Instead, Selina was immediately locked inside her uncle's house, where he proceeded to sexually assault her over the course of the next several months, often raping her multiple times a day.

Selina’s story is one of many that have been shared with World Hope International’s staff since we started anti-trafficking prevention and rehabilitation efforts in Sierra Leone in 2004.

Unfortunately, stories of exploitation and servitude are not unusual in this country where more than 60% of the population lives on less than $1.25 a day.

FULL POST

Topics: Life In Slavery • Solutions
April 2nd, 2014
02:42 AM ET

Brazil tackling child prostitution for World Cup

By Shasta Darlington, CNN

The newly-renovated Castelao football stadium looms into sight up ahead. Driving just past it, we see women standing on street corners, leaning into cars and flashing nearly naked bodies in the low light.

We're in Fortaleza in the northeastern corner of Brazil, one of the World Cup host cities but also known as a magnet for sex tourism.

FULL STORY

March 21st, 2014
03:48 PM ET

Australian billionaire unites religious leaders in an anti-slavery initiative

This week Pope Francis, the Archbishop of Canterbury who is head of the Anglican Church, and the Grand Imam of the al-Azhar mosque in Egypt, Islam's highest-ranking Sunni cleric, united to tackle modern day slavery.

Their representatives gathered at the Vatican to sign on to the Global Freedom Network, an initiative launched by Australian billionaire and mining magnate Andrew Forrest.

“I got dragged, really, kicking and screaming, into this cause by my daughter, Grace,” Forrest said. “When she was 15, she worked in an orphanage in Nepal and our intelligence was that there was something suspect about the orphanage.”

The Global Freedom Network wants international support. It wants 50 multi-national businesses to free their supply chains from slavery. And it wants to convince the G20 to adopt an anti-slavery initiative.

Christiane Amanpour spoke to Forrest, along with Archbishop David Moxon of the Anglican Church and Bishop Marcelo Sanchez Sorondo of the Catholic Church.

FULL STORY
Topics: In The News
'Every Day in Cambodia' repeat showing
March 21st, 2014
09:57 AM ET

'Every Day in Cambodia' repeat showing

The Freedom Project documentary, "Every Day in Cambodia", first broadcast last year, airs again this weekend. The film, presented by actress Mira Sorvino, documents the appalling plight of children sold into sex slavery, sometimes by their own mothers, and the people fighting to stop the practice.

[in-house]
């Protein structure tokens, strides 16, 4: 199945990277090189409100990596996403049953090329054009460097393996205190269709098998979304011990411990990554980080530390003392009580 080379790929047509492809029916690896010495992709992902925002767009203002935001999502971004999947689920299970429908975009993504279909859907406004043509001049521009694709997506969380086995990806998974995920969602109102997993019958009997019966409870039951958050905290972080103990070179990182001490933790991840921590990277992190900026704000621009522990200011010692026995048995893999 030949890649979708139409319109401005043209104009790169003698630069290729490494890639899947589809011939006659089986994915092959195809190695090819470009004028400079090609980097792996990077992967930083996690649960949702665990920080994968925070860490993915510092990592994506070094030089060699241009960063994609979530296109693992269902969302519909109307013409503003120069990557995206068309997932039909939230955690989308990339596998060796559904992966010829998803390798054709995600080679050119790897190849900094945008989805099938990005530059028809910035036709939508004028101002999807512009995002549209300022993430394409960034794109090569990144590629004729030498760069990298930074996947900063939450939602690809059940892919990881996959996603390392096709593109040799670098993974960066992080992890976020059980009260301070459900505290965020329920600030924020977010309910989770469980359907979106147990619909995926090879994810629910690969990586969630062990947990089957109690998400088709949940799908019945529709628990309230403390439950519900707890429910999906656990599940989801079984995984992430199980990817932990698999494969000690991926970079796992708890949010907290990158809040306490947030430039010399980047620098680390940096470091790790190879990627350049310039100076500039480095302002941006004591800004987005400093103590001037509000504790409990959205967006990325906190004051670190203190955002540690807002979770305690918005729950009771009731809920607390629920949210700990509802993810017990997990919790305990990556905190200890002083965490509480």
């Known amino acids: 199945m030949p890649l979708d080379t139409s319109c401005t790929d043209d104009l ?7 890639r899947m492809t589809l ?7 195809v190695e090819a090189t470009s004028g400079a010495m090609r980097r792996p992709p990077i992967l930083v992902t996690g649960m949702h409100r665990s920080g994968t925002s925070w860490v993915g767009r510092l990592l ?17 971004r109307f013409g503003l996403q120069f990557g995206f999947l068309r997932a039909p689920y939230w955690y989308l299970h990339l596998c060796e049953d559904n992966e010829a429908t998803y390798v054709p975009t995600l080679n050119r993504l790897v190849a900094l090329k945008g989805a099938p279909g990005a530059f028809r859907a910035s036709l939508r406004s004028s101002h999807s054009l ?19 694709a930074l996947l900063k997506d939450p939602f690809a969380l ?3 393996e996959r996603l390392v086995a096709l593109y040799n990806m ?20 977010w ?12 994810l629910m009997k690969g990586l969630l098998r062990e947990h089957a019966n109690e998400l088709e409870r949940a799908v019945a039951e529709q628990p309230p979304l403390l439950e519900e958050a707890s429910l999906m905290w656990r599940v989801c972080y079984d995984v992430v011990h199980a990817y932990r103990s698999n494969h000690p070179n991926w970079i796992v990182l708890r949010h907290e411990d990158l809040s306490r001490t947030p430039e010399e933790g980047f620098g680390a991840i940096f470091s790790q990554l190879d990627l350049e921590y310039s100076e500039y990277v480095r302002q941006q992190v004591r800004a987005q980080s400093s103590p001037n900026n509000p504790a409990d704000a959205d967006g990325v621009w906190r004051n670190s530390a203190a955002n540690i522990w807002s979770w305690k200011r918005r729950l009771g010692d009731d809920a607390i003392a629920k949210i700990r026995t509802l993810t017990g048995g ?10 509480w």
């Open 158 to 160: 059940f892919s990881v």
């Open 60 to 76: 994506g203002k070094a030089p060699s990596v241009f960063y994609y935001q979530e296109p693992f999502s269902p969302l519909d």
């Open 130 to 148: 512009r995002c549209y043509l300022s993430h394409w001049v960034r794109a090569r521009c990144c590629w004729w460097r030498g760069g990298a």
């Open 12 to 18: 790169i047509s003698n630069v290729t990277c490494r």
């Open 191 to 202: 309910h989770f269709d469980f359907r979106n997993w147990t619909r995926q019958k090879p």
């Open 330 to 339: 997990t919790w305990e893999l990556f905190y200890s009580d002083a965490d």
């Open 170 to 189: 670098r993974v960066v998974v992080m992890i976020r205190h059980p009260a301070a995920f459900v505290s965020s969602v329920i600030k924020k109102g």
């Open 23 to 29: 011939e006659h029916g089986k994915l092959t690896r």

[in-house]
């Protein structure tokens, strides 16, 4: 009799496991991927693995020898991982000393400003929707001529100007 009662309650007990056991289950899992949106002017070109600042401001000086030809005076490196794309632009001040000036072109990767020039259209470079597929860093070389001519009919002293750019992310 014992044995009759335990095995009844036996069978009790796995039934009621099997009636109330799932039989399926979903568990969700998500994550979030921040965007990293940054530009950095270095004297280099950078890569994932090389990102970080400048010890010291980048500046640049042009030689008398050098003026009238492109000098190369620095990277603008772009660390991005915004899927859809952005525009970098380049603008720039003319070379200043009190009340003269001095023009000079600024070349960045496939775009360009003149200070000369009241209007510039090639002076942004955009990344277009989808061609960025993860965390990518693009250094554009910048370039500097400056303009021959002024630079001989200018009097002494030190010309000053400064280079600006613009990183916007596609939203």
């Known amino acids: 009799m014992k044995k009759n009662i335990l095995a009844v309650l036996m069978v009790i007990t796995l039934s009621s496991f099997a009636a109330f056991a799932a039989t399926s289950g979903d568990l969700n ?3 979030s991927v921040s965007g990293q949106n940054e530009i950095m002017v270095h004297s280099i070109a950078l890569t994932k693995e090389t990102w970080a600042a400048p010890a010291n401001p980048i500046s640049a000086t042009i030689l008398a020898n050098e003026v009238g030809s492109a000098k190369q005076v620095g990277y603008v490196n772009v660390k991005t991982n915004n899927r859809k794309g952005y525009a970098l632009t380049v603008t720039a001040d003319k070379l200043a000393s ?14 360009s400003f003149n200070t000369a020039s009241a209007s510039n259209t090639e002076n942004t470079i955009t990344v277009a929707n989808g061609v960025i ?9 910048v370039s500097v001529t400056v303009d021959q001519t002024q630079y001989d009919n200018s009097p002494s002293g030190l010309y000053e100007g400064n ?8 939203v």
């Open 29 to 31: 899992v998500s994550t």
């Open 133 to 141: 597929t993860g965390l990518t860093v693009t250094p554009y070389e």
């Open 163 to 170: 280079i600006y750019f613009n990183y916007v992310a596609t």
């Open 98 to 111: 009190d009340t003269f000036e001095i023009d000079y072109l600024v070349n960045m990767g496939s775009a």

Watch it on CNN International at the following times in ET: Saturday March 22 at 0400, 1500 and 2100; Sunday at 0600.

Oscar-winning Steve McQueen remembers today's slaves
March 11th, 2014
10:40 AM ET

Oscar-winning Steve McQueen remembers today's slaves

Director Steve McQueen dedicated his Oscar for "12 Years a Slave" to the "21 million people who still suffer slavery today". The British director is a patron of Anti-Slavery International, an organization that seeks to eradicate modern-day slavery around the world.

FULL STORY
Topics: Life In Slavery
March 6th, 2014
04:10 PM ET

Can the chocolate industry change its ways?

Is change really happening in the cocoa fields? Is child labor actually being eradicated, is slavery in the plantations finally coming to and end and are conditions improving for workers? After watching Cocoa-nomics, CNN's investigation into the chocolate industry's supply chains, Richard Quest challenged a panel of experts. Here are the highlights of his discussion with Guy Ryder of the International Labour Organization, Nick Weatherhill of the International Cocoa Initiative, Ben Skinner of Tau Investment Management and Bryson Vogeltanz of the End It Movement.

March 4th, 2014
10:36 AM ET

Cocoa-nomics: Watch the documentary in full

Two years after exposing slavery in the cocoa plantations of Ivory Coast, a CNN team went back to see how the chocolate industry and the Ivory Coast government were tackling the problem. Watch the documentary, presented by Richard Quest, in full.

March 3rd, 2014
04:30 PM ET

Ivory Coast PM: Two goals to improve conditions for cocoa workers

As part of the Freedom Project documentary Coaco-nomics, which investigates how the chocolate industry is trying to eradicate slavery from its supply chains, Richard Quest interviewed Ivory Coast Prime Minister Daniel Duncan. He said the government was committed to improving revenues for famers and building schools for children.

« older posts
newer posts »